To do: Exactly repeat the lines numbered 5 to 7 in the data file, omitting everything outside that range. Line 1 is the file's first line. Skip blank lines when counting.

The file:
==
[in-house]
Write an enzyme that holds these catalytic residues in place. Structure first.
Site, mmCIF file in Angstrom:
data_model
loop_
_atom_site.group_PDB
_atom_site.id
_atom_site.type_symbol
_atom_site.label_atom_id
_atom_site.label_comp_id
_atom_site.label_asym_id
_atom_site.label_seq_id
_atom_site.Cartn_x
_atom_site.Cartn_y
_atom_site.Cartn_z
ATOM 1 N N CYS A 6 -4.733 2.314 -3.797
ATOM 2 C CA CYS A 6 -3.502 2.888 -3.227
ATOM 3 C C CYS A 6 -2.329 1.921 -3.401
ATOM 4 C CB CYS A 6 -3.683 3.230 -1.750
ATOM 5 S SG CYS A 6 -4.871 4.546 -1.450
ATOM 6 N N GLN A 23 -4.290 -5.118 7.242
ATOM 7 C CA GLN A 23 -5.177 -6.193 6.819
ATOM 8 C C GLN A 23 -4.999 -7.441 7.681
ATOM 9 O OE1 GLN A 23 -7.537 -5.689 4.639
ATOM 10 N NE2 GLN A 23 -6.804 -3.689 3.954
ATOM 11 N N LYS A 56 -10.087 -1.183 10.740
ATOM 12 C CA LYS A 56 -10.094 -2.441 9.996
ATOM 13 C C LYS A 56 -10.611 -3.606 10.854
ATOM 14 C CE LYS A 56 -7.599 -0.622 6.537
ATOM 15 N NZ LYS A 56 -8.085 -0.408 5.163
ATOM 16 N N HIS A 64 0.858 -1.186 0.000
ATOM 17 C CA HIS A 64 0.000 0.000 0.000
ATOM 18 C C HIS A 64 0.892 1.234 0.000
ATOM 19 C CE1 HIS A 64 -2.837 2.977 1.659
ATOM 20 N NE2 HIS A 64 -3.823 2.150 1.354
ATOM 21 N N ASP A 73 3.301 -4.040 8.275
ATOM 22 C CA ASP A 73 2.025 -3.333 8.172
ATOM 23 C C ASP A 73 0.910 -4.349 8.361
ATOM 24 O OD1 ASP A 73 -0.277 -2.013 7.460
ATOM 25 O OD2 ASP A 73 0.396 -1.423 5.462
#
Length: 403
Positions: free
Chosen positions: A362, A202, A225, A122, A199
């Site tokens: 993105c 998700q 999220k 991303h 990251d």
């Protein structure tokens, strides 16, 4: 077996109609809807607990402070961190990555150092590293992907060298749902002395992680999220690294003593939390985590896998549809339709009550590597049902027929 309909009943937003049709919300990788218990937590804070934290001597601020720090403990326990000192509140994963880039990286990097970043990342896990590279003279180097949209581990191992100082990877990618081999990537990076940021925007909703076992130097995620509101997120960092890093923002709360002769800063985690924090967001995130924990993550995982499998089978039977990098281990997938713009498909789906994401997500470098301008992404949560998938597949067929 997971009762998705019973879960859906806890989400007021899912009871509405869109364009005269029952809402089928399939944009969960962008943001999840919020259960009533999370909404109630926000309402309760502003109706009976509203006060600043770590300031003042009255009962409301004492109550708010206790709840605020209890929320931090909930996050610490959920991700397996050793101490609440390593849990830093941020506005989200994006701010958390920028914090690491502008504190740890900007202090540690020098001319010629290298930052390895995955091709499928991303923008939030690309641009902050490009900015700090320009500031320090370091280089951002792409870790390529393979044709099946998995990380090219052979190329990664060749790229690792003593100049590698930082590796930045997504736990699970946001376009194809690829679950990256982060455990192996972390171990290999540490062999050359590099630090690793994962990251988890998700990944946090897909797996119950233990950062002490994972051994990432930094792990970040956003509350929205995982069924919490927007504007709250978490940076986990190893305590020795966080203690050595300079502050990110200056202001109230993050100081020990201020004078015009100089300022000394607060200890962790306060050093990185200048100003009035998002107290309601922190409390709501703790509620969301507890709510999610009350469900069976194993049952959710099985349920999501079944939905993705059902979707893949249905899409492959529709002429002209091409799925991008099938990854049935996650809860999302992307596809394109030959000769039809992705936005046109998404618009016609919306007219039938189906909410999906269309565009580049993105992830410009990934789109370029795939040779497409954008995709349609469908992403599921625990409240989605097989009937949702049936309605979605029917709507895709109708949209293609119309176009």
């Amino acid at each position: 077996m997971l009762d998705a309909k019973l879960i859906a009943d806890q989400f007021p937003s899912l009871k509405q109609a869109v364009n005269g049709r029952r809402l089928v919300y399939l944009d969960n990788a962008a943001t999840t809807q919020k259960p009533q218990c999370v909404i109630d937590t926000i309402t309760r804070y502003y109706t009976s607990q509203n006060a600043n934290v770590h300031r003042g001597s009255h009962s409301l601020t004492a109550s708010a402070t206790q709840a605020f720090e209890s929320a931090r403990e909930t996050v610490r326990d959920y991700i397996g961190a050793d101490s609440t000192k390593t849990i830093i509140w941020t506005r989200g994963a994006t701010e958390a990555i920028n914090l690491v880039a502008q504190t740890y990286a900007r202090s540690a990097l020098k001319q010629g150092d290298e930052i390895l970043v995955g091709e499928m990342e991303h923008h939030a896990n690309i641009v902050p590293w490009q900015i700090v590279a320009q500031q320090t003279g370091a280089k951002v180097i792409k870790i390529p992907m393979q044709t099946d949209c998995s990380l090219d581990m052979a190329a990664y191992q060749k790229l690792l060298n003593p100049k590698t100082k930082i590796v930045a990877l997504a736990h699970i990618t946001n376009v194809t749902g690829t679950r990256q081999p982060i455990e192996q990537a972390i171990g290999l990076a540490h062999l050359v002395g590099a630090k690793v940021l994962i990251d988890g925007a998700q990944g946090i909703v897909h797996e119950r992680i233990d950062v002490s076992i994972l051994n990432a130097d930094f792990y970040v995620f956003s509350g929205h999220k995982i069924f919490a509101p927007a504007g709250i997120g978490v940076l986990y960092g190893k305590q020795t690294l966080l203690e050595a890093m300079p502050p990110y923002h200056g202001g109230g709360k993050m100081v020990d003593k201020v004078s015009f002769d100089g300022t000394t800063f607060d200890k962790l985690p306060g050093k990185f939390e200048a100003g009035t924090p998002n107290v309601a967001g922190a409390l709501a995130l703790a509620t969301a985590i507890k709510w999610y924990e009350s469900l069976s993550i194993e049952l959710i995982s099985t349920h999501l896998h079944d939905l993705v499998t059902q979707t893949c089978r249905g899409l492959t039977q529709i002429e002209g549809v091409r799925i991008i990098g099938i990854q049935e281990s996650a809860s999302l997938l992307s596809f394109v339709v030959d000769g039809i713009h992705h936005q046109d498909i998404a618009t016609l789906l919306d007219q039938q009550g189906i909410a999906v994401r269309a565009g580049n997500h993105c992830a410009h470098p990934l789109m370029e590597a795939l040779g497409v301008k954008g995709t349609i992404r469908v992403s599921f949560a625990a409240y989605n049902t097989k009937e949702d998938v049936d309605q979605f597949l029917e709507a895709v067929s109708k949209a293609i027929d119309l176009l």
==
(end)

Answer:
loop_
_atom_site.group_PDB
_atom_site.id